Wednesday, February 4, 2015

all things pass.

I page through old journals and spend time with one from a period I can now identify as living with depression.  I read,

"The truth is, leaving Ocean Beauty is allowing me time to sit around and stare in the face my sorrows and anger and most of all, fear.  It sits heavily on my shoulders, suffocating me in spite of my efforts to keep on the move.  I get through my life by offering myself treats, and still life seems to stretch out endlessly before me.  What I long for is a calling--if only I had a project in which to pour myself, I would feel more purposeful and less panicked.  But instead I ponder grad school and berate myself for my indecision and my lack of real creativity or intelligence...I carry around all the time a sense of not being capable, not having what it takes.  I feel a fraud who doesn't actually have anything to offer."

I read,

"I don't know what to do.  Something so complex is taking place here, and I am longing for relief and clear eyes, even as I confess aloud that you have been able to change my heart in the midst of all this discomfort.  I await relief.  In the meantime, I ask for endurance, that I might continue to move forward and choose life--even while challenges and disappointments beset my all feels confusing, heavy, boring, static, stale, too much.  I don't know why I'm in such an emotional state, why stress and anger, irritability and a lack of self-confidence, are ruling my life.  It all feels connected, and it feels like too much to put together.  God, how am I ever supposed to wade through all of this?  How can I know where to begin?  It's a knot and I feel paralyzed at the thought of trying to untie it."

I read,

"The main and persistent questions in my life at this time: Where do I belong?  Where am I headed?  What do I have to offer to the church and the world?  And somewhere very deep inside, I am asking, why haven't you rescued me yet?  Will you?  How can I be a person of hope in the midst of so much ambiguity and disappointment?"


The thought that runs through my mind as I read, over and over again like a mantra, is you never know how long it will take.  When they tell you to wait, when they promise it will get better, they can't tell you how long that will take.  This is why depression snuffs out any flicker of hope so effortlessly, because it feels as though your life is over and nothing will ever lift the heavy wet blanket from your shoulders, your face, your lungs, your heart.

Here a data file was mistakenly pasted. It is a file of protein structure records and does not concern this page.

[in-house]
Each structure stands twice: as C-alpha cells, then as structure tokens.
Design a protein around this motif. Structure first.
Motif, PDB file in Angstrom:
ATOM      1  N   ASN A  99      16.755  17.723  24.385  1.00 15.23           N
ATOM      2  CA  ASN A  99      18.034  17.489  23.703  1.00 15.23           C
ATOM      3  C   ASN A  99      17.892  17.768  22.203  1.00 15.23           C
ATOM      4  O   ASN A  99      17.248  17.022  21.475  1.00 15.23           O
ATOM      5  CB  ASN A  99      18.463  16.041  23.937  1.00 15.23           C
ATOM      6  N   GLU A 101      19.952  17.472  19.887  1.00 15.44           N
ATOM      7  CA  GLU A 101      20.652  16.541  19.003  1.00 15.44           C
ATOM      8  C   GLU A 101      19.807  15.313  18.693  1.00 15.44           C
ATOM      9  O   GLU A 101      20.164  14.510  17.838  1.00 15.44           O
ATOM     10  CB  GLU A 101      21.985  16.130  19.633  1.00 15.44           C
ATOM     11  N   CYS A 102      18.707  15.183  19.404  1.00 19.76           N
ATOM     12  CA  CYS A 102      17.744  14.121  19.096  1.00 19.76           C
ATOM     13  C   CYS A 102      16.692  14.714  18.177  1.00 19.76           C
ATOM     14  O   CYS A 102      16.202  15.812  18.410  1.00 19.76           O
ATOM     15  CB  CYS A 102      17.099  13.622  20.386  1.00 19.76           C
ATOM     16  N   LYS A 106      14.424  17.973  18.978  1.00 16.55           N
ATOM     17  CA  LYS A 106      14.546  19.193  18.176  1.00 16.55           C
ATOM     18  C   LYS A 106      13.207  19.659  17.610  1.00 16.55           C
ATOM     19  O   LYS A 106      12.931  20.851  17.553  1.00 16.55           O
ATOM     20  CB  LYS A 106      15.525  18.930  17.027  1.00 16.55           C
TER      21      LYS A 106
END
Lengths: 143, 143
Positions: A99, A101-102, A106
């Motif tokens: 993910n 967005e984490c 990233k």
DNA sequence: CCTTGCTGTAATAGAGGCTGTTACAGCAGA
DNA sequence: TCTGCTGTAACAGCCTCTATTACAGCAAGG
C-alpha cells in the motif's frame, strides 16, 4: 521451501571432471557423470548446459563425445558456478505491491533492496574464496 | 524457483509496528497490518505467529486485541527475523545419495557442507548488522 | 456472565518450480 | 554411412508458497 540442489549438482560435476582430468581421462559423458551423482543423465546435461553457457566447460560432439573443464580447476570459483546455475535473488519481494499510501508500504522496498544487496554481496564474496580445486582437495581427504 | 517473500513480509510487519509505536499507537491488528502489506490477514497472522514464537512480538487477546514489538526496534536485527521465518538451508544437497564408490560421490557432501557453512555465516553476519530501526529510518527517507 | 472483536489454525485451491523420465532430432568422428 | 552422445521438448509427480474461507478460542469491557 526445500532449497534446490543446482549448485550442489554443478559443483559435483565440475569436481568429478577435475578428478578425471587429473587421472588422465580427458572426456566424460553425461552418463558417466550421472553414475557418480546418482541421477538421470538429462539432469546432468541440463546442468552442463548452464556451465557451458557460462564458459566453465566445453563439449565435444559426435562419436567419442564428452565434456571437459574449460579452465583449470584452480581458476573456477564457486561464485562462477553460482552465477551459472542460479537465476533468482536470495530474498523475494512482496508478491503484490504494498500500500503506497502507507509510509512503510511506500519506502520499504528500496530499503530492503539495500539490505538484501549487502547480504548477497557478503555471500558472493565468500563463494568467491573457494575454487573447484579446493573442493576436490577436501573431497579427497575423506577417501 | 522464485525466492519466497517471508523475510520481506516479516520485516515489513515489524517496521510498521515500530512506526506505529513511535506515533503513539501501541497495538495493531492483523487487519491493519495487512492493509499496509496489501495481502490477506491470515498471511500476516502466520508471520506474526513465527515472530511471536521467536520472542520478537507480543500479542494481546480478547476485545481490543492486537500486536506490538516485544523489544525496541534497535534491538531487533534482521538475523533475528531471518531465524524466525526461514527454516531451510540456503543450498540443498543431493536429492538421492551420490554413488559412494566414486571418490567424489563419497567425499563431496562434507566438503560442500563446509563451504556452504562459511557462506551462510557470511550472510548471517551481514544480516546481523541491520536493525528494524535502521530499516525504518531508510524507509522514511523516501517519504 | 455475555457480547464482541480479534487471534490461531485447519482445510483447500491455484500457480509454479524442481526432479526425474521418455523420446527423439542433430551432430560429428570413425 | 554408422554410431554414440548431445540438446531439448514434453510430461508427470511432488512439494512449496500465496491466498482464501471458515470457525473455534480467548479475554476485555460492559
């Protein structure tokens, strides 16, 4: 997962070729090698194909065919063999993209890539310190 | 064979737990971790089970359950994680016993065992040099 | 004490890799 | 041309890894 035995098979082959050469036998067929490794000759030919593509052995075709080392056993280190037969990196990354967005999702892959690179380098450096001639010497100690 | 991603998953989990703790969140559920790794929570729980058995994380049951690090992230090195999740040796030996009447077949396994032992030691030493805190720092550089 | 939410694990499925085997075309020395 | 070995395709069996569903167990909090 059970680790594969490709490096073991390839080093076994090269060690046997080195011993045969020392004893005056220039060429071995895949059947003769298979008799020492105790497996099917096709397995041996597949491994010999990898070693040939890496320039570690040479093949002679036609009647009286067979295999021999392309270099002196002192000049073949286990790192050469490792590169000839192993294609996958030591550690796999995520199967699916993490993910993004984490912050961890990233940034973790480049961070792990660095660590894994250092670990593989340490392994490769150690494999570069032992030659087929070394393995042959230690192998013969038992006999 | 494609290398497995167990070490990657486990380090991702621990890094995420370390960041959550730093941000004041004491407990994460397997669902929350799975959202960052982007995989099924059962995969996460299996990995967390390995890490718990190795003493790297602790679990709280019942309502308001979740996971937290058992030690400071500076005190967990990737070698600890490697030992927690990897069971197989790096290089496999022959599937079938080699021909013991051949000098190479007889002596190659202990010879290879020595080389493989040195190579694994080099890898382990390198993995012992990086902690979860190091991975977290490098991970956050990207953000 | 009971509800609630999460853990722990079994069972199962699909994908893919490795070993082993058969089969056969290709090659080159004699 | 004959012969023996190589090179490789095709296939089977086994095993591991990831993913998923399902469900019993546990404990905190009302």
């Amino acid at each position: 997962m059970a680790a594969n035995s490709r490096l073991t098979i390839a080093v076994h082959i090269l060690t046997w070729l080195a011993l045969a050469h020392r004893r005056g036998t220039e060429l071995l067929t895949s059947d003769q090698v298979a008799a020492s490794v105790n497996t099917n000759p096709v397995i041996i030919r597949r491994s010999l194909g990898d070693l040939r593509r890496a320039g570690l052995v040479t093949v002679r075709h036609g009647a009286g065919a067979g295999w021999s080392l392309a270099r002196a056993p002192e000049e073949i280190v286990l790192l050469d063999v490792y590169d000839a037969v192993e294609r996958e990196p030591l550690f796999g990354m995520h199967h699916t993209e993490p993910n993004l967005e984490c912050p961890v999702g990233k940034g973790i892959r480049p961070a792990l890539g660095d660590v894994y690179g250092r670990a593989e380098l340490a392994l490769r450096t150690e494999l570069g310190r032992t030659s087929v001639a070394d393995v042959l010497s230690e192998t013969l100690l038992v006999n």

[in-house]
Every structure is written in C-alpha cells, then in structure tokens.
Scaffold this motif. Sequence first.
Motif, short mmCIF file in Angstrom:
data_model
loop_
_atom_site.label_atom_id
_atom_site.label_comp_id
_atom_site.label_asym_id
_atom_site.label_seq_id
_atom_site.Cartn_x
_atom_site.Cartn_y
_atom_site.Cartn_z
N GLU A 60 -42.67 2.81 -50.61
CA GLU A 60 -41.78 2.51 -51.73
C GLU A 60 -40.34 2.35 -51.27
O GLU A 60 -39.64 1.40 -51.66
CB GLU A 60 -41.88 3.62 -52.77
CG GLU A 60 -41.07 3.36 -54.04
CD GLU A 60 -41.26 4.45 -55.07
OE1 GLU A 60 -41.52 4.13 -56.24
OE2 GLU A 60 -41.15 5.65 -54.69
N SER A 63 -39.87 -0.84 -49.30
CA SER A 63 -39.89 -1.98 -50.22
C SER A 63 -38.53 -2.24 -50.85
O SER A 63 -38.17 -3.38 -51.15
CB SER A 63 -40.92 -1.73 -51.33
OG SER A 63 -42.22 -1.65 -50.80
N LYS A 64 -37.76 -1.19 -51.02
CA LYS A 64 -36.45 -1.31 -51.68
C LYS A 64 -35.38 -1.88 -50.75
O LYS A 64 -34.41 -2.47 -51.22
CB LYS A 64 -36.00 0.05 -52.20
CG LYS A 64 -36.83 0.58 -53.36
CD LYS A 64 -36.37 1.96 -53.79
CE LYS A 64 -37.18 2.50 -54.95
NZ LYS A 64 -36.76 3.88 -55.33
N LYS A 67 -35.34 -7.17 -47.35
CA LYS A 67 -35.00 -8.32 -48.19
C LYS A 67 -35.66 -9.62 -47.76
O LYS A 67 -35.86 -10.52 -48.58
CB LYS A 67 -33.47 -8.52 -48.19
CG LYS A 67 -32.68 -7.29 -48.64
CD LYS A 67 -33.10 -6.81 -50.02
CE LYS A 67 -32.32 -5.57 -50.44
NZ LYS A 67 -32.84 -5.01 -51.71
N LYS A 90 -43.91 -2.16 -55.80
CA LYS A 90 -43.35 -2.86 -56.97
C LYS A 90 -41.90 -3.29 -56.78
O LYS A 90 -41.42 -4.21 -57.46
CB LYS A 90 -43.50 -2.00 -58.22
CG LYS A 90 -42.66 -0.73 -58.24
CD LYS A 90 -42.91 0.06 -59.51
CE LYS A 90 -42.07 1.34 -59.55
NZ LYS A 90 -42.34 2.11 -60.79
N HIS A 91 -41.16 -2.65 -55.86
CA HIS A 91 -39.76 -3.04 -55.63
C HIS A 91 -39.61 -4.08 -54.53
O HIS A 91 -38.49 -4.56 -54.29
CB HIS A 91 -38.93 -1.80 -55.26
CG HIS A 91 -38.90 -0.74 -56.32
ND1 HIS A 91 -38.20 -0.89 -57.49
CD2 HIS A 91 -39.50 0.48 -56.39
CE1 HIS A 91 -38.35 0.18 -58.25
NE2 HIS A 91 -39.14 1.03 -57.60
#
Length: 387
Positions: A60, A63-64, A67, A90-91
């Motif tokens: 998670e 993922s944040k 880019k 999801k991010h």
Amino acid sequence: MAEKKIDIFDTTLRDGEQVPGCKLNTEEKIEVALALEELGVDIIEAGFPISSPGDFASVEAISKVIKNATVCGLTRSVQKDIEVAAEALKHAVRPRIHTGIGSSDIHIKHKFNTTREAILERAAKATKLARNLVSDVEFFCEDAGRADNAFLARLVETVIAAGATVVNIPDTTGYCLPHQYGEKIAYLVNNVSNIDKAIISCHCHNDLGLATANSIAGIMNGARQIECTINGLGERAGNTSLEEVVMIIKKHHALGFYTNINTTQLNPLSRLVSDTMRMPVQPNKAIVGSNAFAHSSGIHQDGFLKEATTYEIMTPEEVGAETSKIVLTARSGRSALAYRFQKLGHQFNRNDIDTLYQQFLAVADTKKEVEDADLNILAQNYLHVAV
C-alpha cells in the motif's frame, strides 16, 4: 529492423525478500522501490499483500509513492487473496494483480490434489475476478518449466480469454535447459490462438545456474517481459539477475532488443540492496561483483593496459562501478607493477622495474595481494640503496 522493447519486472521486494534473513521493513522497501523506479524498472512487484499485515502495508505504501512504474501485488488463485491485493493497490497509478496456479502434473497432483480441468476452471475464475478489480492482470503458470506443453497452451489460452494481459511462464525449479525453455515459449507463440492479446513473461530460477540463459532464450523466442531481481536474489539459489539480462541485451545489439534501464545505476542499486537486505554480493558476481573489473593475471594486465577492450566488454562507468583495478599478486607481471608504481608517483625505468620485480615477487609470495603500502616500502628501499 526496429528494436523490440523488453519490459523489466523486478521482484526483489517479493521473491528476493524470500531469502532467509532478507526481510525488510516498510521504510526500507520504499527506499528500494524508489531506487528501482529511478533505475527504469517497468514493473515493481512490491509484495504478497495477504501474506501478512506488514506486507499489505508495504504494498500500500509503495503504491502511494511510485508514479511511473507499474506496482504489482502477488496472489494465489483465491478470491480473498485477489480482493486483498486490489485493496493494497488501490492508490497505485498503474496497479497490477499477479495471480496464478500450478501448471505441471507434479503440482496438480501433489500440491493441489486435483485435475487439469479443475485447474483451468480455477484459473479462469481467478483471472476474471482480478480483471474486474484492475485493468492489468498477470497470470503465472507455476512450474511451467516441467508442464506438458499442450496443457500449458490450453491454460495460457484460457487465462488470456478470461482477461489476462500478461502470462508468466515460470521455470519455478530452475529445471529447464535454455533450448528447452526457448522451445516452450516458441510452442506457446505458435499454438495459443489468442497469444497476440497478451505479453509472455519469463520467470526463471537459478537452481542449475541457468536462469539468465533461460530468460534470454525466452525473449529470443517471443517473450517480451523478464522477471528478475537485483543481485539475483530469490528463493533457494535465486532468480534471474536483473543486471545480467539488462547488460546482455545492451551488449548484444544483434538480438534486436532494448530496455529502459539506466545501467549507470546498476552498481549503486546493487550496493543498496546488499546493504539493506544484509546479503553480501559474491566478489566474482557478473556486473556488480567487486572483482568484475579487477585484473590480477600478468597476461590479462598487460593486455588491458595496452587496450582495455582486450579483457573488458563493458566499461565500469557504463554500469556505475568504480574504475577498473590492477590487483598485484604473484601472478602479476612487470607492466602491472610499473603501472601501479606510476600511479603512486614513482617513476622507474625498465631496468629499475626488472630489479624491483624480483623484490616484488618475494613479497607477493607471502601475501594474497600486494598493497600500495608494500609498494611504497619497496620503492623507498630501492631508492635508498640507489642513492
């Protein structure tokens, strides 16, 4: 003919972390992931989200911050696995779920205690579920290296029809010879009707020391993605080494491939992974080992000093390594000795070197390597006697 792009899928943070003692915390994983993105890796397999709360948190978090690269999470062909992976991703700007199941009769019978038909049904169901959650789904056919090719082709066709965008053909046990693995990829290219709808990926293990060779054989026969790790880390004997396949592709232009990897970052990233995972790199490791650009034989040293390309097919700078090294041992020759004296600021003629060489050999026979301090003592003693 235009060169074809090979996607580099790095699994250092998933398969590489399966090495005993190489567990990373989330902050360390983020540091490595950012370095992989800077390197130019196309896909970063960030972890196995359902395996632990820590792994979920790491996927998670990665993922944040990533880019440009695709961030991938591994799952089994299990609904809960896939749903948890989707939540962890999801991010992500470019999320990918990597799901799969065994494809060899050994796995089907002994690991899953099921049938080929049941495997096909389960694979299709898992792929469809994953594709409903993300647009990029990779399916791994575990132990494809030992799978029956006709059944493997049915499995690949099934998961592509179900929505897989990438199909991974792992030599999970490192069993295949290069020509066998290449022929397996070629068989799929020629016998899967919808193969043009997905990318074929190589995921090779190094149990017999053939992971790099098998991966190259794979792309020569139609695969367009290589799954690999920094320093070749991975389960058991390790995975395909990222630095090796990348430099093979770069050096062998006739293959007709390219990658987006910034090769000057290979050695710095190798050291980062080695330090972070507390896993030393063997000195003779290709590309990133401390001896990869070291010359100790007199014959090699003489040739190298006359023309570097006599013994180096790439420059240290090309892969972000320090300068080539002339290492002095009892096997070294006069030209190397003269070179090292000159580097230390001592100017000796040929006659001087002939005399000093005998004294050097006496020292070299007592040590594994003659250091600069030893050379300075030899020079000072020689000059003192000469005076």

The writing from my journals is close to two years old in places, and I have perspective and understanding and compassion now that I didn't then: how all of it is deeply connected, how I was beginning to grieve and let go of all that was familiar, why I felt angry and unimportant so very often.  My depression was tied together by a ruthless sense of falling short, of feeling convinced that I didn't have what it took to thrive and that everyone would stop loving me once they knew my secret of being totally without talent.  And in truth, I still find myself slipping back into the mud of depression on certain days, feeling listless and utterly hopeless and like I have nothing to offer.  I simply have more practice bearing that pain and reaching back out for the truth, for love, for hope.

I read my journals and I want to reach back into time and stroke my own head and whisper,

You will make it.  It will feel as though is takes longer than it should, but you will emerge from this.  You are not doomed to failure forever.  You will begin to take stock of the pieces of your life in a little room with a therapist sitting across from you, and this will help.  You will start by looking at all the different sources of pain, and you must take a good hard look at all that's been broken before you can begin to build something new.  Much has fallen apart, and sometimes that weekly session will take days of reading and tea and TV to recover from, but there will also be freedom and hope to be discovered in the process of naming your sorrows and fears, which have spent years building up pressure underground. 

You will begin to put the pieces back together by reading and writing long quotes in your journal; by taking a break from church for a while and resting on Sundays; by telling the truth with tears in your eyes and watching your loved ones stay; by learning how to take care of your body again; by whispering the Psalms out loud while you're home alone; by your little cat purring in your lap and your husband's shirt as your Kleenex after weeping and careful, achy, passionate listening from the ones you love.  These things will save your life, and your spirit.

You will face your pain and you will not be swallowed by it. Parts of you will die but you will emerge again--you will be re-born, made new, in big ways and in smaller ways each day.


"Let nothing upset you,
Let nothing startle you.
All things pass;
God does not change.
Patience wins all it seeks.
Whoever has God lacks nothing:
God alone is enough."
-Teresa of Avila

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